A group of farmers who have been waiting to share prime agricultural land they bought in Nakuru County more than 40 years ago may never live to see its benefits.
The 560 acres, Sunday Nation established, was subdivided last year and dished or sold out to well-connected persons including senior civil servants, a local politician and a prominent lawyer.
Government surveyors moved in to subdivide the disputed land after the Lands board in Bahati Sub-County gave out the consent to have it partitioned for sale following a successful application by its legal owner, Francis Kamau.
Kamau is a son of a former official of Jumaa Farmers Company Limited, the late Njuguna Mwaura who was awarded the property through adverse possession.
Mwaura had sought orders for the adverse possession at the High Court in Nairobi without the knowledge of other members of the company, which he served as a director and treasurer.
And with no one to oppose his application, the orders were granted by Justice Andrew Hayanga back in 2001.
Attempts to appeal against the ruling have proved futile.
According to Bahati Sub-County commissioner Mutua Kisilu, Kamau successfully applied to the Lands Control Board to have the land subdivided in October last year.
“Kamau came to us and said he wanted to have the land subdivided and he got the consent from the Lands board,” Mr Kisilu, who chairs the sub-county land control board, said in a telephone interview.
He, however, denied being a beneficiary of the subdivided land.
The latest map from the Survey department confirms this.
About 50 acres, the administrator claimed, was set aside for a group of squatters who had lived on the farm before the original owner, Ampiva Estate, sold the land to Jumaa Farmers.
But as Sunday Nation established, the 50-acre portion said to have been set aside for the squatters has been portioned into 50 by 100 plots, which are being sold at Sh300,000 each.
Mr Kisilu also denied having any knowledge about a Member of Parliament who is accused of being among the beneficiaries of the land.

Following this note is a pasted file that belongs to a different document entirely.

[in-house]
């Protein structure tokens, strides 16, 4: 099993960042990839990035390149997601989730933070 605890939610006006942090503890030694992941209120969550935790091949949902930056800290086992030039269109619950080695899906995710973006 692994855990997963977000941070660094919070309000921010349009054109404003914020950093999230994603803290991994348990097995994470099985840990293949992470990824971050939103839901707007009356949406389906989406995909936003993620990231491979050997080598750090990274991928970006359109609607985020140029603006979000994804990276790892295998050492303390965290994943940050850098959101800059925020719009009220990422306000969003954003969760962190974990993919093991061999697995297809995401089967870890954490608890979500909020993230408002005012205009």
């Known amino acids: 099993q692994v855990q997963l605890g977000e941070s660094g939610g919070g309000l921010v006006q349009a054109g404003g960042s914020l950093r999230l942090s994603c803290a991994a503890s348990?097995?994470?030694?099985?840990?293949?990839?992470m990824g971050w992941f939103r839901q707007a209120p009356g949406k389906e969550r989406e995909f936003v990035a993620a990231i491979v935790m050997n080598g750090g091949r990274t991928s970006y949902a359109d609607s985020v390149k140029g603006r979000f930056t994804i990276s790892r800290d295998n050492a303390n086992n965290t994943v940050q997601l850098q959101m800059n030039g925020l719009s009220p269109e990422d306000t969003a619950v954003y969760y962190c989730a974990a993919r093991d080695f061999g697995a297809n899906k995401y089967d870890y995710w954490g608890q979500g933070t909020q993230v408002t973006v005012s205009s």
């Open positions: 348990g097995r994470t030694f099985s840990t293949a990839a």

“What I know is that he (the MP) has leased part of the land where he’s growing wheat and oats,” he said.
The MP is said to have been allocated 50 acres. Others who have benefited from the land include a senior official at the Lands office in Nakuru, a government surveyor and a senior police officer.
A lawyer based in the county is also a beneficiary.
Members of Jumaa Farmers have lodged a case at the Court of Appeal with a view to recovering the land.
They accuse Mr Kisilu of meddling in the matter, saying the property is in Subukia Sub-County not Bahati.
But Mr Kisilu insists that the land, which is located about 500 metres from Bahati Police Station is within his sub-county.
In 2005, the government had lodged a caveat to stop Mwaura from selling the land pending the resolution of the dispute between different parties claiming ownership of the property.
Jumaa Farmers Company Limited had bought 75 per cent of the entire land from Ampiva Estate Limited (1970) - a German company - after paying Sh500,000 on October, 22, 1977.
Endao Company Limited also claims to have bought the same land but it has failed to produce documents in court to prove the claim.
The caveat was later withdrawn and in 2015, Mwaura’s widow Nyambura, now deceased, and her son Kamau, were granted letters of administration for the estate as beneficiaries of the property by the High Court following the death of the family patriarch in 2006.
The file containing details on the controversial land went missing during the same period.
Members of Jumaa Farmers had in 2008 occupied the farm and started cultivating it but Nyambura and her son moved to the High Court.
A ruling delivered by Justice J. Mulwa in September last year, declining to set aside Justice Hayanga’s ruling, seems to have sealed the fate of Jumaa Farmers as it paved the way for Kamau to secure the Land Control Board’s consent to subdivide the land.